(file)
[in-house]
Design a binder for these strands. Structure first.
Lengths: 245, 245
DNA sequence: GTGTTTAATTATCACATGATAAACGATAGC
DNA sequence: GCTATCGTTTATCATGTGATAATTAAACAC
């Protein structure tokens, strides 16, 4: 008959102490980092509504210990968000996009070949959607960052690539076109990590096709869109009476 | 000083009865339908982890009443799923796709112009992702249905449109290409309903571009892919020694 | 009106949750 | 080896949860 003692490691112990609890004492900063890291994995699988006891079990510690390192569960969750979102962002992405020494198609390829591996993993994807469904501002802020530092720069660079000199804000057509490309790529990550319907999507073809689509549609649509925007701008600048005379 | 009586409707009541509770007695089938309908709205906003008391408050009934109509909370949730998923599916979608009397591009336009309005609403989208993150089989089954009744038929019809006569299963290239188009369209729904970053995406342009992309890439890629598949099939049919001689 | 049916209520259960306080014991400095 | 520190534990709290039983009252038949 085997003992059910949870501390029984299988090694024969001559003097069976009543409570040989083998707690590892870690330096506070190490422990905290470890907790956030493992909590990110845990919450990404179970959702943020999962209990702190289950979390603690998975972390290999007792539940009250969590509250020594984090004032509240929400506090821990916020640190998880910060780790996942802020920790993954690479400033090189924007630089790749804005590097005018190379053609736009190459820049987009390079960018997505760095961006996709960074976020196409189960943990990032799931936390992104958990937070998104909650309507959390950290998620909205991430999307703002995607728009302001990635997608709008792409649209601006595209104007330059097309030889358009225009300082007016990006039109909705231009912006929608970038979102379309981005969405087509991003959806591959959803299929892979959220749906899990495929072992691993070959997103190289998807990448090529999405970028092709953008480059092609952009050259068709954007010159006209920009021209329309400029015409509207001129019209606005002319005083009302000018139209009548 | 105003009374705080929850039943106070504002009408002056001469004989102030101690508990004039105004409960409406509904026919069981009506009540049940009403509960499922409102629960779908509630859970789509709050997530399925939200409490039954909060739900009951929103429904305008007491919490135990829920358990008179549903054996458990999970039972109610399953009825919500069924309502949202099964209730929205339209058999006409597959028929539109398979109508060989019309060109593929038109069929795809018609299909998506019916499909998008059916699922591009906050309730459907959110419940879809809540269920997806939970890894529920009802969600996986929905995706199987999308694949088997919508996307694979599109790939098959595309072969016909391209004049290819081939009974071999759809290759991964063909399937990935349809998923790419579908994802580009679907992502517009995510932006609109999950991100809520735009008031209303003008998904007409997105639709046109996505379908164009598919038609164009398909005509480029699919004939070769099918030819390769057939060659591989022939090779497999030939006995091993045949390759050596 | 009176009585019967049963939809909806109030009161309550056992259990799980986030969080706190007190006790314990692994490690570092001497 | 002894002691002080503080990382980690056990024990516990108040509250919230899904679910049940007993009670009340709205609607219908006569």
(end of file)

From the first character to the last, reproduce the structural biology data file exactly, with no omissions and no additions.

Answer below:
[in-house]
Design a binder for these strands. Structure first.
Lengths: 245, 245
DNA sequence: GTGTTTAATTATCACATGATAAACGATAGC
DNA sequence: GCTATCGTTTATCATGTGATAATTAAACAC
């Protein structure tokens, strides 16, 4: 008959102490980092509504210990968000996009070949959607960052690539076109990590096709869109009476 | 000083009865339908982890009443799923796709112009992702249905449109290409309903571009892919020694 | 009106949750 | 080896949860 003692490691112990609890004492900063890291994995699988006891079990510690390192569960969750979102962002992405020494198609390829591996993993994807469904501002802020530092720069660079000199804000057509490309790529990550319907999507073809689509549609649509925007701008600048005379 | 009586409707009541509770007695089938309908709205906003008391408050009934109509909370949730998923599916979608009397591009336009309005609403989208993150089989089954009744038929019809006569299963290239188009369209729904970053995406342009992309890439890629598949099939049919001689 | 049916209520259960306080014991400095 | 520190534990709290039983009252038949 085997003992059910949870501390029984299988090694024969001559003097069976009543409570040989083998707690590892870690330096506070190490422990905290470890907790956030493992909590990110845990919450990404179970959702943020999962209990702190289950979390603690998975972390290999007792539940009250969590509250020594984090004032509240929400506090821990916020640190998880910060780790996942802020920790993954690479400033090189924007630089790749804005590097005018190379053609736009190459820049987009390079960018997505760095961006996709960074976020196409189960943990990032799931936390992104958990937070998104909650309507959390950290998620909205991430999307703002995607728009302001990635997608709008792409649209601006595209104007330059097309030889358009225009300082007016990006039109909705231009912006929608970038979102379309981005969405087509991003959806591959959803299929892979959220749906899990495929072992691993070959997103190289998807990448090529999405970028092709953008480059092609952009050259068709954007010159006209920009021209329309400029015409509207001129019209606005002319005083009302000018139209009548 | 105003009374705080929850039943106070504002009408002056001469004989102030101690508990004039105004409960409406509904026919069981009506009540049940009403509960499922409102629960779908509630859970789509709050997530399925939200409490039954909060739900009951929103429904305008007491919490135990829920358990008179549903054996458990999970039972109610399953009825919500069924309502949202099964209730929205339209058999006409597959028929539109398979109508060989019309060109593929038109069929795809018609299909998506019916499909998008059916699922591009906050309730459907959110419940879809809540269920997806939970890894529920009802969600996986929905995706199987999308694949088997919508996307694979599109790939098959595309072969016909391209004049290819081939009974071999759809290759991964063909399937990935349809998923790419579908994802580009679907992502517009995510932006609109999950991100809520735009008031209303003008998904007409997105639709046109996505379908164009598919038609164009398909005509480029699919004939070769099918030819390769057939060659591989022939090779497999030939006995091993045949390759050596 | 009176009585019967049963939809909806109030009161309550056992259990799980986030969080706190007190006790314990692994490690570092001497 | 002894002691002080503080990382980690056990024990516990108040509250919230899904679910049940007993009670009340709205609607219908006569």